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In talk with top diplomat, bishop stresses church concern for common good


  • Bishop Oscar Cantu of Las Cruces, N.M., gestures during a March 23 meeting with U.S. Secretary of State Rex Tillerson at the State Department in Washington. (CNS photo/Bob Roller)
  • Bishop Oscar Cantu of Las Cruces, N.M., center, looks on as Stephen Colecchi, director of the Office of International Justice and Peace at the U.S. Conference of Catholic Bishops, is greeted by U.S. Secretary of State Rex Tillerson during a March 23 meeting at the State Department in Washington. At far left is Stephen Hilbert, international policy adviser with the USCCB. (CNS photo/Bob Roller)
  • Bishop Oscar Cantu of Las Cruces, N.M., gestures during a March 23 meeting with U.S. Secretary of State Rex Tillerson at the State Department in Washington. Partially obscured at left is Stephen Colecchi, director of the Office of International Justice and Peace at the U.S. Conference of Catholic Bishops. (CNS photo/Bob Roller)

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WASHINGTON (CNS) -- The chairman of the U.S. bishops' Committee on International Justice and Peace met with the country's top diplomat, Rex Tillerson, March 23, for a policy-packed 35-minute conversation about immigration, the Middle East, Africa and the role of the Catholic Church's efforts toward building "the common good."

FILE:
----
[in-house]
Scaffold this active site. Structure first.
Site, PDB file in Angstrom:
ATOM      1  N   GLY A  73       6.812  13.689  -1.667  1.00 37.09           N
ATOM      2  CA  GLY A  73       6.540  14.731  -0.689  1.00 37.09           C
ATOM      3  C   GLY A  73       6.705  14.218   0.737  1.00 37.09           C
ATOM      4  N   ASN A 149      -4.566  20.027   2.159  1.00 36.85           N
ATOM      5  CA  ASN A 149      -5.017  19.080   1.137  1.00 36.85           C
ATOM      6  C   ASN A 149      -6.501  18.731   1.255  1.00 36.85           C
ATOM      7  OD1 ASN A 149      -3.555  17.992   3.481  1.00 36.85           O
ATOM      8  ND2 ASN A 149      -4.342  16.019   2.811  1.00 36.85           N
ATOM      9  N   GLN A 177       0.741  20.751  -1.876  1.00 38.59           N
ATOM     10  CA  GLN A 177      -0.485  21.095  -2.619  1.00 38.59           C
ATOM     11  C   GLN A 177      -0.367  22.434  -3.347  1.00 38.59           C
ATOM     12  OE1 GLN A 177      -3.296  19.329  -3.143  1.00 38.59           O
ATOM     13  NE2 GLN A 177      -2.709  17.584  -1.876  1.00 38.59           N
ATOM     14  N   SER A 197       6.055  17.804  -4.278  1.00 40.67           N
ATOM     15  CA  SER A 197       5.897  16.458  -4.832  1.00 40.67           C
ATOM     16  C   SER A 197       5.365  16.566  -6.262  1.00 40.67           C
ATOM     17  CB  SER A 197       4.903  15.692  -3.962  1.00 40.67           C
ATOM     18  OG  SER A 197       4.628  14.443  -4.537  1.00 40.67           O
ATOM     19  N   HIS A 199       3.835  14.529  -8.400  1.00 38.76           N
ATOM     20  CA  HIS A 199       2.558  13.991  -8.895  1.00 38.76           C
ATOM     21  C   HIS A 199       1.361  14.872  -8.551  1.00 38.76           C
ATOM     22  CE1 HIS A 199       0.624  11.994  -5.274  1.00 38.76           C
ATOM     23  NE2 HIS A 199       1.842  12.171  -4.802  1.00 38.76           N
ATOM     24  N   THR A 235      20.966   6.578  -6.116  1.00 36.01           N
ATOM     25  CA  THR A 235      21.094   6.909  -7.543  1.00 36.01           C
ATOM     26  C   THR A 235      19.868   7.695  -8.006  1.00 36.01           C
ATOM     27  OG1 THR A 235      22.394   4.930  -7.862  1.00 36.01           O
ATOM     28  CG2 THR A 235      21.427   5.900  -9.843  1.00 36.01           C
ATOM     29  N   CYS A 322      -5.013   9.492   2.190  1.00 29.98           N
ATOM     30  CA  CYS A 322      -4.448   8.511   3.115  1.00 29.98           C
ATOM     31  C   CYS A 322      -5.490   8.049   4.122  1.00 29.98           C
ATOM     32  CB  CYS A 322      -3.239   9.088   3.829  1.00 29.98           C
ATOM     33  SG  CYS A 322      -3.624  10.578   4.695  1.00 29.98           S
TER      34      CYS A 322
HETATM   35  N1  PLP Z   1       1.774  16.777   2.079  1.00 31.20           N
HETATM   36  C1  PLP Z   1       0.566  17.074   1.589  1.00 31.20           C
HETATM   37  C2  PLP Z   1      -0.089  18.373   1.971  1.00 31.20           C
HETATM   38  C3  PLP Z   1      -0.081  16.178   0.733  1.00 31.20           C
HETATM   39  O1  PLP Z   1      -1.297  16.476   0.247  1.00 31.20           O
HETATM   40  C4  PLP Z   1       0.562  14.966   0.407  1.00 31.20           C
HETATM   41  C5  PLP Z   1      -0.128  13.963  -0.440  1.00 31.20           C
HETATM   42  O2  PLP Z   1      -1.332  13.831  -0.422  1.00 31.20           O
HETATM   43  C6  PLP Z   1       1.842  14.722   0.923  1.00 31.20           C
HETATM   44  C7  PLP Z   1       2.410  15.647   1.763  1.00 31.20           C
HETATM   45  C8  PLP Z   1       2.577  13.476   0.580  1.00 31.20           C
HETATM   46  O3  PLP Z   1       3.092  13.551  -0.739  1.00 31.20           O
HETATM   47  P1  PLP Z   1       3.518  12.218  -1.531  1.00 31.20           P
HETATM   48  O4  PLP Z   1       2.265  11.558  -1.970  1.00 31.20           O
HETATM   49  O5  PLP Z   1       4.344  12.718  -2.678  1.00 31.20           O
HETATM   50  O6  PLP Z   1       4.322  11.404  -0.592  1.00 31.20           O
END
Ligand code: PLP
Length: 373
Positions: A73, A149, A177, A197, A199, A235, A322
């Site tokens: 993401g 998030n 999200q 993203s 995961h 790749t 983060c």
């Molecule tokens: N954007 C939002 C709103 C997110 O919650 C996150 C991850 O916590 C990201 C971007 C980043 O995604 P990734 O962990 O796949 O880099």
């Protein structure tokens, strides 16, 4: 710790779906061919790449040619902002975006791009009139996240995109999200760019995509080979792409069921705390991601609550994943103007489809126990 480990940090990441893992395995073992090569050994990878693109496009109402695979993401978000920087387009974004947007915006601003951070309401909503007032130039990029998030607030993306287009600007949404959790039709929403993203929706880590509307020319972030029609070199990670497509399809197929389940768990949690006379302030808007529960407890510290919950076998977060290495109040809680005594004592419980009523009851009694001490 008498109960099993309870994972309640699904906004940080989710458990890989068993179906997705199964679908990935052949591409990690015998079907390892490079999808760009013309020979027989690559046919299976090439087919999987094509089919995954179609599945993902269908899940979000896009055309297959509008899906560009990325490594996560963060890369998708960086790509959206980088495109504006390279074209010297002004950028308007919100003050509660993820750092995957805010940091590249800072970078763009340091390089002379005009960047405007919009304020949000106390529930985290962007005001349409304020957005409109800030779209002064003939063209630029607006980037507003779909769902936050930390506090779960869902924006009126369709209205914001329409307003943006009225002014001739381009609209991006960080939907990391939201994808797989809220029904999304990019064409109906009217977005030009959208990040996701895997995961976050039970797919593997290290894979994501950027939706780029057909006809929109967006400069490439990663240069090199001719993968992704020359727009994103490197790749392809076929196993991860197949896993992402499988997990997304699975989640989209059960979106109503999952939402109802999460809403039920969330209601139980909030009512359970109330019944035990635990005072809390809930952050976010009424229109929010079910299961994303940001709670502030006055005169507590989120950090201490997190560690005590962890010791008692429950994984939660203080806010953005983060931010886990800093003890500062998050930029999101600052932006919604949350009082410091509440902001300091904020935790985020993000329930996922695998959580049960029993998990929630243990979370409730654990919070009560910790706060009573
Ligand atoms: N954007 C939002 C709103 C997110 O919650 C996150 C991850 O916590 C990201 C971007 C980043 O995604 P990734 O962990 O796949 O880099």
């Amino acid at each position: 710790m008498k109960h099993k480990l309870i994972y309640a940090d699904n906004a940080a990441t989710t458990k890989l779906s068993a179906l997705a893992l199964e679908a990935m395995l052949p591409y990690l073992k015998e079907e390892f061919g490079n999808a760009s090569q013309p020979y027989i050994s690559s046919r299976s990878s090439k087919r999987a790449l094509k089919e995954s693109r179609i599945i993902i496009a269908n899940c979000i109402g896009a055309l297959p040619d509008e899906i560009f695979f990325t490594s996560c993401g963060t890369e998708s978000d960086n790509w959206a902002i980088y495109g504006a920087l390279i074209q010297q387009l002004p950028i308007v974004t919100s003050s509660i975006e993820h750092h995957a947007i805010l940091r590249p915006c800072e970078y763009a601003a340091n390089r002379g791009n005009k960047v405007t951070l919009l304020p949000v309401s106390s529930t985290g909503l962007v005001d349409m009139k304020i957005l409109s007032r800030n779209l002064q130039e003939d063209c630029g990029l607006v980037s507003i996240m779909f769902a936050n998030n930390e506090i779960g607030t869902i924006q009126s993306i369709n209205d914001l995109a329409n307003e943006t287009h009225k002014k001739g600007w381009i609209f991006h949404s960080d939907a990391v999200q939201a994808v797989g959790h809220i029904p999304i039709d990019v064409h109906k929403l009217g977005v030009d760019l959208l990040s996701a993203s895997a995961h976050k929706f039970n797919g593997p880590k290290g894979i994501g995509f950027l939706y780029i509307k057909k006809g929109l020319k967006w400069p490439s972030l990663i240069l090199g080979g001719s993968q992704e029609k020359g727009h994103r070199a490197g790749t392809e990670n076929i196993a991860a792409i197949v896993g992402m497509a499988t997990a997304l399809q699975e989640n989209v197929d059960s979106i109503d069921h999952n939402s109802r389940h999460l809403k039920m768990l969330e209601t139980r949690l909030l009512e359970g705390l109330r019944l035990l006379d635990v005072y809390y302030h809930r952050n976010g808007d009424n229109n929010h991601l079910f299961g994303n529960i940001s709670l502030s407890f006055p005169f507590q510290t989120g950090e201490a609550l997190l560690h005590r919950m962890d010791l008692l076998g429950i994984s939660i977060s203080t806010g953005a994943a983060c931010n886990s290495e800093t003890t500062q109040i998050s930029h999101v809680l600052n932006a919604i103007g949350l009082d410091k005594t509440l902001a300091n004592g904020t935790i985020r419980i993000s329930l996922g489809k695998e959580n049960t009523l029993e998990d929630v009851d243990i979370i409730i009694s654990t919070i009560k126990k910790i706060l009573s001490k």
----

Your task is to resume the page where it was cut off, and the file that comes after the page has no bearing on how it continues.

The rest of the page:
"After some small talk about Texas," the two spoke about the Middle East, about Iraq and Syria, reaching out to Central America and Mexico, and the situation in Africa, said Bishop Oscar Cantu of Las Cruces, New Mexico, explaining his initial meeting in Washington with Tillerson, the U.S. secretary of state, who, like Bishop Cantu, hails from Texas.

Bishop Cantu said the meeting was about letting Tillerson know "that our only motive is to help build the common good, that we don't have ulterior motives," and explaining the bishops' peace and justice committee's work in the Middle East, Africa, Latin America and the Far East.

Bishop Cantu, as the chairman of the Committee on International Justice and Peace, has spoken for a two-state solution in the Israel-Palestine conflict, against the construction of Israeli settlements in Palestinian territories, for reducing the United States' nuclear arsenal, and raised concerns about an executive order that targets refugees from some countries with predominantly Muslim populations, which are odds with stances taken early by the Donald Trump administration.

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